A DECISION on privatising support for disabled adults has been postponed after unions “threatened merry hell”.
Green party leader Jason Kitcat deferred the decision after receiving “feedback” about the plans and visiting council learning disability services in Brighton and Hove.
He said: “I believe we need to have a wider look at the council’s learning disability services in the round, rather than in a piecemeal way.
“The time is right to take a step back to look at best practice and research evidence from elsewhere.
“Our ambition must be to modernise our services to provide the best possible outcomes for all service users with learning disabilities.”
Green councillors have been accused of “bottling out” of a tough decision and bowing to union pressure.
The withdrawn proposal, which was due to be discussed today, could have seen seven supported living homes and flats for up to 43 adults with learning disabilities transferred to a private company.
The move would have saved the council £300,000 a year and a 90-day consultation was set to be launched at this afternoon’s Health and Wellbeing Board meeting.
The seven homes in Beaconsfield Villas, Liphook Close, Cromwell Road, Hawkhurst Road, Lennox Street, Rutland Gardens and Leicester Villas were set up more than 20 years ago to replace long-stay hospitals.
Criticism The decision to withdraw the plans were welcomed by unions who slammed the original proposals, which they claimed would lead to staff losses and reduction in quality of service.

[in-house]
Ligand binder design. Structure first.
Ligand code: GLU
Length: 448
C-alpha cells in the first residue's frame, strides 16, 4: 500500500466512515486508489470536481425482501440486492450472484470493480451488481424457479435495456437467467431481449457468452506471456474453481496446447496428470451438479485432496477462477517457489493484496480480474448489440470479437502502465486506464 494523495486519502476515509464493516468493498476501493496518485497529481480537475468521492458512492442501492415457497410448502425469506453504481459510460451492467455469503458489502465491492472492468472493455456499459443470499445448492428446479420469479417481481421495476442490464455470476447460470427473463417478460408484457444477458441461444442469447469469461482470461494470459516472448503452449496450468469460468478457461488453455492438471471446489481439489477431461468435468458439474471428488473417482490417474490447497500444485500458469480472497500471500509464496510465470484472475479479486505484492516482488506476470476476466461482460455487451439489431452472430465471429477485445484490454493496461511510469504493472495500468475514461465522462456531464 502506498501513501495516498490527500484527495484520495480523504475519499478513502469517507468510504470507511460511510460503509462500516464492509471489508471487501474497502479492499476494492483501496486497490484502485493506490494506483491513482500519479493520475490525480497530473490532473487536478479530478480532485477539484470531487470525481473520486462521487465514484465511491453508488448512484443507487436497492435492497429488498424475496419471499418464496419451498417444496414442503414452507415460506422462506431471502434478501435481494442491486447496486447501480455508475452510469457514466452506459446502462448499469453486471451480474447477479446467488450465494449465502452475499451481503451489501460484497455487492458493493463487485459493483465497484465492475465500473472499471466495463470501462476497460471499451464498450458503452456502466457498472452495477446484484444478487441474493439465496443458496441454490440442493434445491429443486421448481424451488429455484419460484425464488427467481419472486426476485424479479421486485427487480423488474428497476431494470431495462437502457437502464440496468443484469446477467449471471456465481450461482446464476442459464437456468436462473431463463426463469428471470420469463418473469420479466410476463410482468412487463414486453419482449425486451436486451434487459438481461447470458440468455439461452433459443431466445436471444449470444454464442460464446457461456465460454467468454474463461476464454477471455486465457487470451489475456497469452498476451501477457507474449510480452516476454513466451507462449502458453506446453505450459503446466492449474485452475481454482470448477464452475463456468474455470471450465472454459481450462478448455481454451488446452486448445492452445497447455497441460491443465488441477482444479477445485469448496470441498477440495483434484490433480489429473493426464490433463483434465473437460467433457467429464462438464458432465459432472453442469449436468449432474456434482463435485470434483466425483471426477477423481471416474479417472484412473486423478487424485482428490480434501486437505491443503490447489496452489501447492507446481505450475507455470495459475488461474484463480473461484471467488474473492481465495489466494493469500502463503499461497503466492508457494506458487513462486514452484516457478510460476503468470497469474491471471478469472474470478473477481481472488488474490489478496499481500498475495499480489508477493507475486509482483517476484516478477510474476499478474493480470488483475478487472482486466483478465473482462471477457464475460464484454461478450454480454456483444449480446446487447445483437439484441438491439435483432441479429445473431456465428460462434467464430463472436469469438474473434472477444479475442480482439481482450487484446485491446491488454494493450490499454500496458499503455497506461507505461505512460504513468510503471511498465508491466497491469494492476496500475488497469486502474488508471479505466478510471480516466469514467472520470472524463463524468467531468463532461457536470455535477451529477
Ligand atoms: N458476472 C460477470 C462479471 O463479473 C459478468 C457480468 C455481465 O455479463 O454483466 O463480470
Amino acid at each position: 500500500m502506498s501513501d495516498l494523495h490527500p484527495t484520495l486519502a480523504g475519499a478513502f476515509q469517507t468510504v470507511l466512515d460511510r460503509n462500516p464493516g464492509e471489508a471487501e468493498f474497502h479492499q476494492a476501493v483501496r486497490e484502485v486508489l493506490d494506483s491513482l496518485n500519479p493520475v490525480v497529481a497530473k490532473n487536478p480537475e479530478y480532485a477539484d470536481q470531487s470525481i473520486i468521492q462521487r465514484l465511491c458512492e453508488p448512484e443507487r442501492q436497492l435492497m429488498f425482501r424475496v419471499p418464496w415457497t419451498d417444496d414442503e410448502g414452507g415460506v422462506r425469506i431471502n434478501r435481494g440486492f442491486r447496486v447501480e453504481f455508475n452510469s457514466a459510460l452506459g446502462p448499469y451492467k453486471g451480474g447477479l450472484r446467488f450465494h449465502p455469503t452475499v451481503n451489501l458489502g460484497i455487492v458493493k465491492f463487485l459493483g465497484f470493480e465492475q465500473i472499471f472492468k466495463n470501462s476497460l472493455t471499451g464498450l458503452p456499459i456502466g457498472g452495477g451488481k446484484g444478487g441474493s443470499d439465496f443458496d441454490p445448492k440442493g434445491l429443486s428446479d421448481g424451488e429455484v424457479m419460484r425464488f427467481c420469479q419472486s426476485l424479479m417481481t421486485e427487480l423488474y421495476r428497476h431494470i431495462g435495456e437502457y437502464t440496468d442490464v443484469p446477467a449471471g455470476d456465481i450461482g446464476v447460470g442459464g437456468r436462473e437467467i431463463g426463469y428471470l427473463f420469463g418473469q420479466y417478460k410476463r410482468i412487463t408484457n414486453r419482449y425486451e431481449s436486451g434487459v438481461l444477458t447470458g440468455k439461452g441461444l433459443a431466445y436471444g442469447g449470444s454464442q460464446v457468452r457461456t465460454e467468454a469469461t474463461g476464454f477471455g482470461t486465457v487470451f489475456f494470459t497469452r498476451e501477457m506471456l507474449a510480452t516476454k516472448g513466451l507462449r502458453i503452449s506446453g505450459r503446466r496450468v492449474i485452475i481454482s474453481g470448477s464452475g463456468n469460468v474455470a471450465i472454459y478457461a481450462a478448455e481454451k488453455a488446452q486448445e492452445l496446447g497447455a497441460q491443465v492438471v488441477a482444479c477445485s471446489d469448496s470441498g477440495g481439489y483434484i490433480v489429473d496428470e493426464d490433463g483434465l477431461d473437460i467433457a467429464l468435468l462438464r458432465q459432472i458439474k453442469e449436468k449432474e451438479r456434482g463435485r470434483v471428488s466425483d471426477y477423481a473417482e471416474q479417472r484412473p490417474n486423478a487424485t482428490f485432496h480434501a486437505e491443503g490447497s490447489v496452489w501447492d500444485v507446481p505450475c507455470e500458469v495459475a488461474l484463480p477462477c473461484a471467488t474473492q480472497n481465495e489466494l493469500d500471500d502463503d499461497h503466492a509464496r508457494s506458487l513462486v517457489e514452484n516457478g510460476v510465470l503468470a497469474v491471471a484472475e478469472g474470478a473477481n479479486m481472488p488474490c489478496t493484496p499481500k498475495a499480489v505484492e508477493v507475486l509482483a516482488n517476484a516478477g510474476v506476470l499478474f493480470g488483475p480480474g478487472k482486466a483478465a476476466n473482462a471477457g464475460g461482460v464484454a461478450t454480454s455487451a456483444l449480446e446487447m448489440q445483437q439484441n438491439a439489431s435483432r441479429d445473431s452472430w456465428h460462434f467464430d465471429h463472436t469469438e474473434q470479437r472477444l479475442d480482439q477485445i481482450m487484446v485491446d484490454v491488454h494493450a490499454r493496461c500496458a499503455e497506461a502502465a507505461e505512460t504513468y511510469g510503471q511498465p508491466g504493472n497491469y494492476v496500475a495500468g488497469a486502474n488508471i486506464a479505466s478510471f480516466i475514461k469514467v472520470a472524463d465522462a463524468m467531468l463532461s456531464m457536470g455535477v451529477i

They were also critical of the way the proposals were released, claiming they were not consulted on the matter.
But Conservative adult social care spokesman Councillor Ken Norman said: “This really is no way to run a council.
“Every time officers propose to modernise a council service by bringing in an alternative provider, for example from the independent or voluntary sector, the trade union bosses threaten merry hell and the Greens, dutifully followed by the Labour group, back down.
“Our NHS partners who are about to join us for the first meeting of the new health and wellbeing board must wonder what on earth they have let themselves in for.”
Labour group leader and health and wellbeing board member Councillor Warren Morgan said: “The Greens’ decision at the 11th hour to pull the report on the future of homes for people with learning disabilities is yet another example of them bottling out of making tough decisions.
“It leaves us with the worst of both worlds; no decision and no timetable for making one, but worry and uncertainty for residents, their families and the 60 council staff at those care homes.”